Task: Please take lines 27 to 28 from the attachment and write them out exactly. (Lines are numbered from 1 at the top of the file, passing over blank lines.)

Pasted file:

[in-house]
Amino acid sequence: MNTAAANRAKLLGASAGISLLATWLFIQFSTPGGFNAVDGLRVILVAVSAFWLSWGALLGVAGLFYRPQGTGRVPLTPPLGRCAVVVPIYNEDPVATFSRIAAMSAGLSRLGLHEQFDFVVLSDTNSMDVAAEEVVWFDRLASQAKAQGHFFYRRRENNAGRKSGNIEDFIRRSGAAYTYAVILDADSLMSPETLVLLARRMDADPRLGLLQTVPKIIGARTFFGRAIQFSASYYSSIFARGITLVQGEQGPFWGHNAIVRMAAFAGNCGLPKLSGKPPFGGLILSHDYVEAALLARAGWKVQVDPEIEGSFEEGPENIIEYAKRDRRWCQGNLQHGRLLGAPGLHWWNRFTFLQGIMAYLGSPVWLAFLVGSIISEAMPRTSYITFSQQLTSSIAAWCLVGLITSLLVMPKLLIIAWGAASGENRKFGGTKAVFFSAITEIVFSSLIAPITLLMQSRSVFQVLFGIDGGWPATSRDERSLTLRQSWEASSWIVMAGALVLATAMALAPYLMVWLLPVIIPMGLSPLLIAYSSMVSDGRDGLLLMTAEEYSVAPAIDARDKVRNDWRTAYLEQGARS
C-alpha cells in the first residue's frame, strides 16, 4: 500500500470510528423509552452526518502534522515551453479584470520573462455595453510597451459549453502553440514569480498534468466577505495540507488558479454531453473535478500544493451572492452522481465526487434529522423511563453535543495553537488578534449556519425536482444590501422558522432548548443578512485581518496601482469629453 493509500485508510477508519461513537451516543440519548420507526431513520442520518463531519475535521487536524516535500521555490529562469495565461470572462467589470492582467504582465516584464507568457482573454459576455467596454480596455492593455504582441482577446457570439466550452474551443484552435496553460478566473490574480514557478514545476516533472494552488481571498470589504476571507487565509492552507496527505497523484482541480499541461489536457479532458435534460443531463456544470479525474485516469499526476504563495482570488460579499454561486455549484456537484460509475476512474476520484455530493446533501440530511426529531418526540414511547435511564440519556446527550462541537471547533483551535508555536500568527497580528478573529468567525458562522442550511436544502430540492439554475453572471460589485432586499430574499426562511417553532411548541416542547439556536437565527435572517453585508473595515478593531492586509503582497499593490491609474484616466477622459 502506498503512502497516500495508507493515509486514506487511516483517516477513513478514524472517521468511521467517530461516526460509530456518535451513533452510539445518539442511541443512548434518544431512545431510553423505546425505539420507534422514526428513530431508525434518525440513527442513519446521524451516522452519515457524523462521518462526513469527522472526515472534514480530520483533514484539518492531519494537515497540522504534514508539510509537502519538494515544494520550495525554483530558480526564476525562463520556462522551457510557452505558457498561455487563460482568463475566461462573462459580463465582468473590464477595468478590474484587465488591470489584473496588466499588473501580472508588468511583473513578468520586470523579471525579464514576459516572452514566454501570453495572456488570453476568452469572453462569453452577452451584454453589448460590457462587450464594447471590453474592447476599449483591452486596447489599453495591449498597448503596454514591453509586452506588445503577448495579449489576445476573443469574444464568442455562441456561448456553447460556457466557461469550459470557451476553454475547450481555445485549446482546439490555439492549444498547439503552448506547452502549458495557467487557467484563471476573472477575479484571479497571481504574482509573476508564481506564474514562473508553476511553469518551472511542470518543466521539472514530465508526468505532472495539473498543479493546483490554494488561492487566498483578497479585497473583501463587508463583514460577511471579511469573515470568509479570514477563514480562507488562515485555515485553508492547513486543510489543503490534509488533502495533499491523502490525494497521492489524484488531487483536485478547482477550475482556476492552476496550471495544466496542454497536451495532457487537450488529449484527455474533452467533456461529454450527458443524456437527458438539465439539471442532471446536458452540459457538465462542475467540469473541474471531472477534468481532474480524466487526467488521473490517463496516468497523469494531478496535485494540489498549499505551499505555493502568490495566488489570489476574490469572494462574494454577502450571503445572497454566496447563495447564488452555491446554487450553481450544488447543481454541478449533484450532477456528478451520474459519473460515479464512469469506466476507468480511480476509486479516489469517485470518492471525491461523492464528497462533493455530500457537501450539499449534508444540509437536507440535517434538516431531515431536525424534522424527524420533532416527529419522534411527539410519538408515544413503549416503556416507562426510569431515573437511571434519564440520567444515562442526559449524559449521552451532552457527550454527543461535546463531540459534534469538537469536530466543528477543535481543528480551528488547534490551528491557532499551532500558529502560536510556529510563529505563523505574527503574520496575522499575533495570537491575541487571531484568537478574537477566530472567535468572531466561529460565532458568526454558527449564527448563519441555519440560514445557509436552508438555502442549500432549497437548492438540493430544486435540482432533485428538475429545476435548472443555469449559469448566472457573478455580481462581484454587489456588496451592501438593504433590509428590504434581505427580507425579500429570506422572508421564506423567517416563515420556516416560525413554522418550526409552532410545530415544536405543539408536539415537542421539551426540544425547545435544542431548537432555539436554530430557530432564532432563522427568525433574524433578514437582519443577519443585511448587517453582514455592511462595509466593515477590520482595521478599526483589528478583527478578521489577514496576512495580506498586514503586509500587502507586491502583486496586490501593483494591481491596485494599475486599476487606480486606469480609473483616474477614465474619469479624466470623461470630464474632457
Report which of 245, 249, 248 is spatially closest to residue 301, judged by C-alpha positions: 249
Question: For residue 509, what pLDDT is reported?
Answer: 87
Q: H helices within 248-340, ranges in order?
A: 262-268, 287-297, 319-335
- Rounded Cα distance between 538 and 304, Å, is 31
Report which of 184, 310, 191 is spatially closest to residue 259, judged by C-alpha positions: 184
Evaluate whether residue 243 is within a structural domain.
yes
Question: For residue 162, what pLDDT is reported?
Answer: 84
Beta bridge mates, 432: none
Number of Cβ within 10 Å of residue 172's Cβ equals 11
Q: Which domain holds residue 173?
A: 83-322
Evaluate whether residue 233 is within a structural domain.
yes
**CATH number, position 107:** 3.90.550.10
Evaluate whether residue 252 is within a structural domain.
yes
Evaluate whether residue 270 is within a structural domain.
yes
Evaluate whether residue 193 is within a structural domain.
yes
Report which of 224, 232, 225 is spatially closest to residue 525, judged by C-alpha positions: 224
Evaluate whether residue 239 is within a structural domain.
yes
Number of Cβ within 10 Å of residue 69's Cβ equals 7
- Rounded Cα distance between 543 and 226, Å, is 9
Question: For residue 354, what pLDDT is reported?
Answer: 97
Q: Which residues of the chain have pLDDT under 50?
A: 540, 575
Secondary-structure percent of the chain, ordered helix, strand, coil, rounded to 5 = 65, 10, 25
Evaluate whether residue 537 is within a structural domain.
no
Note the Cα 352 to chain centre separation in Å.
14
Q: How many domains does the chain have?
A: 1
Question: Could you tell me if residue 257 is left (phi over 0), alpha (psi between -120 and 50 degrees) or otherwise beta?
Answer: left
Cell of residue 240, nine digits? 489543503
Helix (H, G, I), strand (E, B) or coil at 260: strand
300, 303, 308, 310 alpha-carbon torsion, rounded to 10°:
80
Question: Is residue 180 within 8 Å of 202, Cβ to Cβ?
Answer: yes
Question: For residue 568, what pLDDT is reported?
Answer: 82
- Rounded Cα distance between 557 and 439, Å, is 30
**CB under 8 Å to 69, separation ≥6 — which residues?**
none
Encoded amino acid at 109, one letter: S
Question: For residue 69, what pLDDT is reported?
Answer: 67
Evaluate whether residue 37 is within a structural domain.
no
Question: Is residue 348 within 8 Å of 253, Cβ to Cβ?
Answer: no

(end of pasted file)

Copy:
yes
Report which of 224, 232, 225 is spatially closest to residue 525, judged by C-alpha positions: 224